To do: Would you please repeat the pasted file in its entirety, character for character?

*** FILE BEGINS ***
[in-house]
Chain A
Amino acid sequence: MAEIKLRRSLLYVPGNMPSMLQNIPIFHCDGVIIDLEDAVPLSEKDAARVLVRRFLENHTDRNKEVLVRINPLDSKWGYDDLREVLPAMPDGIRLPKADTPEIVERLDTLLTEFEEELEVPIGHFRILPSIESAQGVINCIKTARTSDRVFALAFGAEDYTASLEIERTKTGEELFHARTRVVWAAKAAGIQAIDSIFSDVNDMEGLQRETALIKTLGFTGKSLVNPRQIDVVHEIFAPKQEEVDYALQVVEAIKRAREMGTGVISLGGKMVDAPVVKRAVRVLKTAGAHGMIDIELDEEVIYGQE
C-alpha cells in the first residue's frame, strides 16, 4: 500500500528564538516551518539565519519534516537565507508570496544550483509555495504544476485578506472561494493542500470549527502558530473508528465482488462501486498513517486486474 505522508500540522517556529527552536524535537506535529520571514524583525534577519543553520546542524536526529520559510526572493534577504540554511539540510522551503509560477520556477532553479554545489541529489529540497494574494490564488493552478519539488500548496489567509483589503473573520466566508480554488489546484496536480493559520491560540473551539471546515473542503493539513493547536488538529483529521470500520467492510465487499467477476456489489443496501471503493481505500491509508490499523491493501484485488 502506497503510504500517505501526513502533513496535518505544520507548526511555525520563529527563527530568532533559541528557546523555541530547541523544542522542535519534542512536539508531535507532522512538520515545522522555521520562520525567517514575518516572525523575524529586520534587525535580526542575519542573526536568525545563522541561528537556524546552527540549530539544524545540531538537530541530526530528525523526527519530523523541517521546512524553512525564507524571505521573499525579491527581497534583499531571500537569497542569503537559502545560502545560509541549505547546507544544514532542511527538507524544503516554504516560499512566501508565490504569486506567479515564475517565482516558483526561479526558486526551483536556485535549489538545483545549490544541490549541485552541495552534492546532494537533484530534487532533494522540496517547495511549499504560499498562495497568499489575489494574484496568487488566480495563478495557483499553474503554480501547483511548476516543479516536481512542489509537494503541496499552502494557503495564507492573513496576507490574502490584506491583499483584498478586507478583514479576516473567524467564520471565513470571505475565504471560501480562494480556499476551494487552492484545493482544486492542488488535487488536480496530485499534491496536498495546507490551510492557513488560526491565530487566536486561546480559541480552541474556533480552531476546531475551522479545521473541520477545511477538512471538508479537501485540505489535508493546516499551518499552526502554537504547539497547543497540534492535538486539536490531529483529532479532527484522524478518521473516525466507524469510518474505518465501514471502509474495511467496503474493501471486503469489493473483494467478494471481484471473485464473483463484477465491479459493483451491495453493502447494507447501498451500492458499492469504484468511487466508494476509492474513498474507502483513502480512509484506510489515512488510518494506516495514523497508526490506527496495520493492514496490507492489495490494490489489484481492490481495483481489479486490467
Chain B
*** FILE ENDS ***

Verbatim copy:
[in-house]
Chain A
Amino acid sequence: MAEIKLRRSLLYVPGNMPSMLQNIPIFHCDGVIIDLEDAVPLSEKDAARVLVRRFLENHTDRNKEVLVRINPLDSKWGYDDLREVLPAMPDGIRLPKADTPEIVERLDTLLTEFEEELEVPIGHFRILPSIESAQGVINCIKTARTSDRVFALAFGAEDYTASLEIERTKTGEELFHARTRVVWAAKAAGIQAIDSIFSDVNDMEGLQRETALIKTLGFTGKSLVNPRQIDVVHEIFAPKQEEVDYALQVVEAIKRAREMGTGVISLGGKMVDAPVVKRAVRVLKTAGAHGMIDIELDEEVIYGQE
C-alpha cells in the first residue's frame, strides 16, 4: 500500500528564538516551518539565519519534516537565507508570496544550483509555495504544476485578506472561494493542500470549527502558530473508528465482488462501486498513517486486474 505522508500540522517556529527552536524535537506535529520571514524583525534577519543553520546542524536526529520559510526572493534577504540554511539540510522551503509560477520556477532553479554545489541529489529540497494574494490564488493552478519539488500548496489567509483589503473573520466566508480554488489546484496536480493559520491560540473551539471546515473542503493539513493547536488538529483529521470500520467492510465487499467477476456489489443496501471503493481505500491509508490499523491493501484485488 502506497503510504500517505501526513502533513496535518505544520507548526511555525520563529527563527530568532533559541528557546523555541530547541523544542522542535519534542512536539508531535507532522512538520515545522522555521520562520525567517514575518516572525523575524529586520534587525535580526542575519542573526536568525545563522541561528537556524546552527540549530539544524545540531538537530541530526530528525523526527519530523523541517521546512524553512525564507524571505521573499525579491527581497534583499531571500537569497542569503537559502545560502545560509541549505547546507544544514532542511527538507524544503516554504516560499512566501508565490504569486506567479515564475517565482516558483526561479526558486526551483536556485535549489538545483545549490544541490549541485552541495552534492546532494537533484530534487532533494522540496517547495511549499504560499498562495497568499489575489494574484496568487488566480495563478495557483499553474503554480501547483511548476516543479516536481512542489509537494503541496499552502494557503495564507492573513496576507490574502490584506491583499483584498478586507478583514479576516473567524467564520471565513470571505475565504471560501480562494480556499476551494487552492484545493482544486492542488488535487488536480496530485499534491496536498495546507490551510492557513488560526491565530487566536486561546480559541480552541474556533480552531476546531475551522479545521473541520477545511477538512471538508479537501485540505489535508493546516499551518499552526502554537504547539497547543497540534492535538486539536490531529483529532479532527484522524478518521473516525466507524469510518474505518465501514471502509474495511467496503474493501471486503469489493473483494467478494471481484471473485464473483463484477465491479459493483451491495453493502447494507447501498451500492458499492469504484468511487466508494476509492474513498474507502483513502480512509484506510489515512488510518494506516495514523497508526490506527496495520493492514496490507492489495490494490489489484481492490481495483481489479486490467
Chain B